WHAT'S YOUR FAVORITE PART ABOUT COMING TO MARTINSVILLE? "The racetrack. I love this track. It seems like a natural fit for my driving style. Our race cars are always fast here. I love qualifying here and it seems like we always have a chance at the pole. I'm not sure that we'll get that opportunity today unfortunately, but I hope we do. I just love the challenges of this race track and what it presents to a driver--how hard to drive into the corner without over driving the corner, what you have to tell the team to get the car to work through the corner and off the corner, to try to go out there and win the race. It's a fun track to tune [the car] on."

WHAT EXPECTATIONS DO VETERANS DRIVERS HAVE ON HOW THE UP-AND-COMING GUYS ARE GOING TO RACE THEM? "I think with a young driver you expect them to go through lessons like all of us did going up. If you see a guy that is disrespecting you or not learning those lessons, then you want to make sure that they do. Sometimes you do thing on principle just to teach them because we've all been there. I don't think it matters who you are; you have to have respect for your competition. We push and shove out here and that's competition. I just treat people how they treat me. So if it's a rookie driver and I feel like I'm faster than him and I make several attempts at passing him clean and he keeps chopping me, well then I'm going to show him why you shouldn't do that. I have to pick and choose those battles with myself as well as with myself."

HOW DO THEY MANIFEST THAT DISRESPECT? "It's tough; when you're young you want to come in and prove to everybody that you have what it takes. You're kind of trying too hard at times to show that and it forces you to make mistakes. A lot of times you see guys get into other competitors and upsetting guys. I went through it and there isn't a guy out here that I know of that didn't go through that to some extent. It's tough. You have to put yourself in their shoes, realize they're rookies and that they're allowed to make mistakes. When it happens consistently, over and over to with the same guy, then it's your duty as a veteran to school that person."

HAVE YOU EVER TRIED TO TALK TO THEM, OR IS THAT A LESSON THAT NEEDS TO BE TAUGHT ON THE TRACK? "Sometimes you talk to them. I remember talking to Kurt Busch when he was first coming along about some things at Daytona at Talladega. There are certain drivers that you know have what it takes and it's worth the effort to sit down with somebody. It was just Kurt being real aggressive, which he is and certainly was when he first came along. It's tough with the schedule changes to really find time to really find guys and sit down with them and talk with them. We used to have practice in the morning on Saturday, and then a break with another race, and then practice in the afternoon. You used to have time to go sit down with NASCAR or you could go find another driver; you could go do a lot of things. Now we don't have that [opportunity] anymore."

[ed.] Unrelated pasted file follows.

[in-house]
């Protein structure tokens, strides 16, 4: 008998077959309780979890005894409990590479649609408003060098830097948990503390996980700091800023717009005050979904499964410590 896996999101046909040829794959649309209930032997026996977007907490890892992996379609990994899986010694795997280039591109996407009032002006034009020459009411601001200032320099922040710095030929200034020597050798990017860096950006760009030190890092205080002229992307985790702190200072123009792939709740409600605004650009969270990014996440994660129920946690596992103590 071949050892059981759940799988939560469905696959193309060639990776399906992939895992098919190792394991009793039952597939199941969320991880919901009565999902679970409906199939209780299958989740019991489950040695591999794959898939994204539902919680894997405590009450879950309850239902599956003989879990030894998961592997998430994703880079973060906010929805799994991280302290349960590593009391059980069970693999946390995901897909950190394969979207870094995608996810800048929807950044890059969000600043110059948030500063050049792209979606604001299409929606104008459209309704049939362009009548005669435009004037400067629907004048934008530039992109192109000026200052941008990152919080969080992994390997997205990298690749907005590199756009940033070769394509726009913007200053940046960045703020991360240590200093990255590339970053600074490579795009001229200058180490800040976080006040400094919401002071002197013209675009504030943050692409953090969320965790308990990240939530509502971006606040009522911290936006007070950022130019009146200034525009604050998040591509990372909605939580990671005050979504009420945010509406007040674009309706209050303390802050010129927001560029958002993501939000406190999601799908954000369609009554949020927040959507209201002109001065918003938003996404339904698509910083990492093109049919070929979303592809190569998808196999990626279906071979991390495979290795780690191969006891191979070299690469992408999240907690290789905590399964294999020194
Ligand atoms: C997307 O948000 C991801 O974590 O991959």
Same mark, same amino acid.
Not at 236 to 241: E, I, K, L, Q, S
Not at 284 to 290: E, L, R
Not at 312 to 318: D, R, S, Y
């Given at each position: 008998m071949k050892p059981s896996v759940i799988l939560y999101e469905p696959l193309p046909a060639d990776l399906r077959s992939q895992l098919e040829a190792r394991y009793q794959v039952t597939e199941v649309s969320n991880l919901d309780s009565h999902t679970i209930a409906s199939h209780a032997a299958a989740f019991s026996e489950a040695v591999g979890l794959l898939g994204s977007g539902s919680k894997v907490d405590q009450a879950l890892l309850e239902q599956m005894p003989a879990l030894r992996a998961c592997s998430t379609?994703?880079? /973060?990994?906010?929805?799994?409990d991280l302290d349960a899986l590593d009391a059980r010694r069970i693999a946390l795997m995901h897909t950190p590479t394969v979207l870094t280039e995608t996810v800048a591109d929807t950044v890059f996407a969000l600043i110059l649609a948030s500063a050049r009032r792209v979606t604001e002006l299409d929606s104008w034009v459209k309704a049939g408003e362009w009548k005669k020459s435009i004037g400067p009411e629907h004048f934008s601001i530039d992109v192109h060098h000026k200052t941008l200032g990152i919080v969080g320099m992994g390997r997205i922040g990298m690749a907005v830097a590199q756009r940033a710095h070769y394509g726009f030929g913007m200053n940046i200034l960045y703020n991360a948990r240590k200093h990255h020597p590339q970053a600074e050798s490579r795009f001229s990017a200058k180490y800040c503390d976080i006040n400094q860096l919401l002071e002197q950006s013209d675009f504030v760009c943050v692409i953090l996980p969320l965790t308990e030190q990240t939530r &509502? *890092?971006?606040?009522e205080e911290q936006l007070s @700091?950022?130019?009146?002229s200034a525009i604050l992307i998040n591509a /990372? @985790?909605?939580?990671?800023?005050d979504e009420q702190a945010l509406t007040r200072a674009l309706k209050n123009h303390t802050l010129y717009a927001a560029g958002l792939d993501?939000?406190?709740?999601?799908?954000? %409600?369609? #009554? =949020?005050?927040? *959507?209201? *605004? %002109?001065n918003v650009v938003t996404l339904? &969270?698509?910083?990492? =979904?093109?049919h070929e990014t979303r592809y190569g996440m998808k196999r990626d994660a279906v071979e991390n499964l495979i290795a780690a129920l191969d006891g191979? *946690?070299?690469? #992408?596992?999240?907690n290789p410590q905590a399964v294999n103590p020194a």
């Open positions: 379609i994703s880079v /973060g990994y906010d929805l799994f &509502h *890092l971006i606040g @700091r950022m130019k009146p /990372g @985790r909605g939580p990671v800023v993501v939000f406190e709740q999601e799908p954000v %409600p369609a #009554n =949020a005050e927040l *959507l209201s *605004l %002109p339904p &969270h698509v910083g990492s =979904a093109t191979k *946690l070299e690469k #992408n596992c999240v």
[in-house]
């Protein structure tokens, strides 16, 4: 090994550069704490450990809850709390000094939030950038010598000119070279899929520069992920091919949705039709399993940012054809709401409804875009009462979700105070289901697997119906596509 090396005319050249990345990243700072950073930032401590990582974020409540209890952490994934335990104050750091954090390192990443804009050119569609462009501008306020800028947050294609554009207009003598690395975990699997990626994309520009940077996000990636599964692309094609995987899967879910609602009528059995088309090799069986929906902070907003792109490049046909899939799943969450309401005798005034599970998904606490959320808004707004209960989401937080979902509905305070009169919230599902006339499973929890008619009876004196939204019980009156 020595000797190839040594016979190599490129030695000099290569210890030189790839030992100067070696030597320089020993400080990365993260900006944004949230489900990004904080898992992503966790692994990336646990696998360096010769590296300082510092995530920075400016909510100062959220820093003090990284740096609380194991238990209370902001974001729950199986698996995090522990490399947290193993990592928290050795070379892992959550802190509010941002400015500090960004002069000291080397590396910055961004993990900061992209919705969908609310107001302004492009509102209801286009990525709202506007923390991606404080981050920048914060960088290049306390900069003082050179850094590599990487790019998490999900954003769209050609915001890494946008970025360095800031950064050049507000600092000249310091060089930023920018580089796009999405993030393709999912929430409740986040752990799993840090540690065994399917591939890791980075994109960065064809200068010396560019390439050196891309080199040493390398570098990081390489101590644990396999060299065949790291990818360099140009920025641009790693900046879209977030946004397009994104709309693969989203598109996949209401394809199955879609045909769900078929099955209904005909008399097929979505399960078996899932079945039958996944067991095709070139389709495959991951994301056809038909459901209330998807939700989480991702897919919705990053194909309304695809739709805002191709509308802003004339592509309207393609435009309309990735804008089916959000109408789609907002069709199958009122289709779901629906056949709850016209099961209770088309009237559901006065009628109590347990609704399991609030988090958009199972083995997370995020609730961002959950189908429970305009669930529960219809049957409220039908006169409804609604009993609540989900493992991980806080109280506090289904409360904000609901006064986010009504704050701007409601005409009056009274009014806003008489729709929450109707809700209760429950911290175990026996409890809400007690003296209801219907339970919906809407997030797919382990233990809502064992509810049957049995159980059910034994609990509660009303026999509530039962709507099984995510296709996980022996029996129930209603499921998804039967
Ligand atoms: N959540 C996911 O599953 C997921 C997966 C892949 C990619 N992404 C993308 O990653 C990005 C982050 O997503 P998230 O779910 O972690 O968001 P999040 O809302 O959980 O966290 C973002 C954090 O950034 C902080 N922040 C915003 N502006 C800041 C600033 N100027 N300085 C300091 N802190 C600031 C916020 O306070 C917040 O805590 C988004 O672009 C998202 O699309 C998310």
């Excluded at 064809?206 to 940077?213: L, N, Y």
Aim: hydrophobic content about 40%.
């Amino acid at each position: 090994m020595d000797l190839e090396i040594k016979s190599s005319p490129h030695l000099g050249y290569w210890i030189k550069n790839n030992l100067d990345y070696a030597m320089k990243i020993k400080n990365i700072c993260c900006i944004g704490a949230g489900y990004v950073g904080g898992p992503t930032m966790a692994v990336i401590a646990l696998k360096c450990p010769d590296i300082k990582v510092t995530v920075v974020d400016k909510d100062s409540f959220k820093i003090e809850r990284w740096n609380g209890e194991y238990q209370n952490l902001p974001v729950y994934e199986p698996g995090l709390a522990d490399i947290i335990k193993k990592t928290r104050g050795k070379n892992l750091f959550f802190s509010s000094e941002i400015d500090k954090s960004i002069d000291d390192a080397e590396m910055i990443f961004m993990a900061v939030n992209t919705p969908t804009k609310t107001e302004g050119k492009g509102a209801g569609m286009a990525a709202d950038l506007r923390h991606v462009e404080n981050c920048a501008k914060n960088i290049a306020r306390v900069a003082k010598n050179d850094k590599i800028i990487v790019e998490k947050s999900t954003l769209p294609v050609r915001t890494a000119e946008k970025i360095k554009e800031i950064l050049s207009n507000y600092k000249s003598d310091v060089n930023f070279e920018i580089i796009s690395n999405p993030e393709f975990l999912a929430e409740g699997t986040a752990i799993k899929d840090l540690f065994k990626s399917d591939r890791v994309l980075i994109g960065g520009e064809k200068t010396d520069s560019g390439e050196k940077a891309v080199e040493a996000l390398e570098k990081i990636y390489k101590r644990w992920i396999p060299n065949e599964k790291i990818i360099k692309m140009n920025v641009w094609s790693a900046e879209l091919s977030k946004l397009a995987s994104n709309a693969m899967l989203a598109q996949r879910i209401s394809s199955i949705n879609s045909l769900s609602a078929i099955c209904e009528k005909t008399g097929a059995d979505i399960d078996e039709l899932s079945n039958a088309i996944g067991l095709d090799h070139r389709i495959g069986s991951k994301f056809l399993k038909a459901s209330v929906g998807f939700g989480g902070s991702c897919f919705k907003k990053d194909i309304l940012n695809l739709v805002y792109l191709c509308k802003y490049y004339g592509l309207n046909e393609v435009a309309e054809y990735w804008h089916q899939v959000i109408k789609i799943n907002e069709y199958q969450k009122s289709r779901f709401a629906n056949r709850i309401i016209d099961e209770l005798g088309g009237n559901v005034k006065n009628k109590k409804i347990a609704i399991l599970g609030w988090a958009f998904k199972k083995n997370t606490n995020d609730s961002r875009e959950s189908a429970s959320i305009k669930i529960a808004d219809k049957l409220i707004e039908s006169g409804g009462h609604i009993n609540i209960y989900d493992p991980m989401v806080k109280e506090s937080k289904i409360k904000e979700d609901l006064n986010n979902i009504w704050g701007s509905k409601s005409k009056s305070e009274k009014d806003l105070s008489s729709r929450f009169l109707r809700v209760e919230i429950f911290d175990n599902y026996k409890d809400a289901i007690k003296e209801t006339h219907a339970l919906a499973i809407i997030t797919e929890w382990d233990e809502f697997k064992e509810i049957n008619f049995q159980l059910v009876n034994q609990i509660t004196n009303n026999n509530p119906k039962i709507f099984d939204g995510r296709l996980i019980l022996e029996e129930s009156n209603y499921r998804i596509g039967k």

TALK ABOUT LUCKY DOG, OR THE MARTINSVILLE DOG "I'm not a fan of either (laughs). I know that the Martinsville dogs are famous and everybody on my team loves them. Hey listen, I used to eat more hot dogs and corn dogs than probably anybody else in this garage area. I don't do that anymore. And for some reason, the Martinsville dog was never appealing to me. But the Lucky Dog? It's great when you need it. But the rest of the time, it's not the greatest thing."

WOULD YOU BE UNHAPPY IF QUALIFYING IS RAINED OUT AND YOU HAVE TO START 11th? "I'll be disappointed because I feel like we have a shot at the pole and I like to qualify here. Looking at the radar, I'm not getting my hopes up that we're going to qualify today so we're already looking at strategy for pit picks and trying to get something that will work for us on Sunday.

YOU'RE NOT STARTING IN THE BACK, BUT NOT UP FRONT EITHER "What are we, 11th in points? That's not a terrible place to start. We can manage that. But you look at the competition you're going to have to race, and qualifying gives us an opportunity to try to get ahead of some of those guys that are ahead of us in points, which we'd certainly like to get that opportunity. But it's not the end of the world."

ON PHOENIX, WILL THE ADDED MILES MAKE A DIFFERENCE? "It's interesting to see how it's going to affect the race from a fuel mileage strategy standpoint. And you won't know until you get into it. It just depends on how the cautions fall as it does in most races. From a reliability standpoint, no big deal. I love that race track, but it is a very challenging race track. Both ends of the race track are completely opposite. It's sort of like a one mile Darlington without the banking in my opinion; just in the way of it's impossible to get both ends of the race track to work perfectly. And I like that challenge in a race track. It's a fun track. I've driven on that track since I was like 18 years old. So, it's one I always look forward to going to."

WHAT ARE YOUR THOUGHTS ON NASCAR CHANGING TO FUEL INJECTION? "I don't have a big opinion on it. It's been a long-time coming. From talking to some of the engine guys, it's not a full-blown fuel injection. It's kind of like a semi-modified carburetor-slash-fuel injection. I think that we have some ideas on how we can make it really more efficient. But I think this is a good step in that direction and I'm happy that NASCAR is going with it."

SIZING UP THE FIELD, DO YOU SEE ANOTHER DRIVER THAT IS READY TO MAKE A MOVE TO CHALLENGE FOR THOSE TOP SPOTS? "I'll tell you, Juan Pablo (Montoya) was really strong here the last time and he looked good in practice today. I expect if anybody is disappointed with qualifying possibly being rained out it's probably him because he's not very high up in the points and he's strong, and I think he had a shot at qualifying up front and running good here. He's still going to be tough in the race. But I would say that he's probably toward the top of the list. You got any other names? I just know the last time I battled really strong and hard with Juan Pablo and it's just a sign of how they've turned their program around and how he's really learned the tracks on the circuit."

-source: gm racing

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About this article
Series NASCAR Sprint Cup
Drivers Jeff Gordon , Kurt Busch , Jimmie Johnson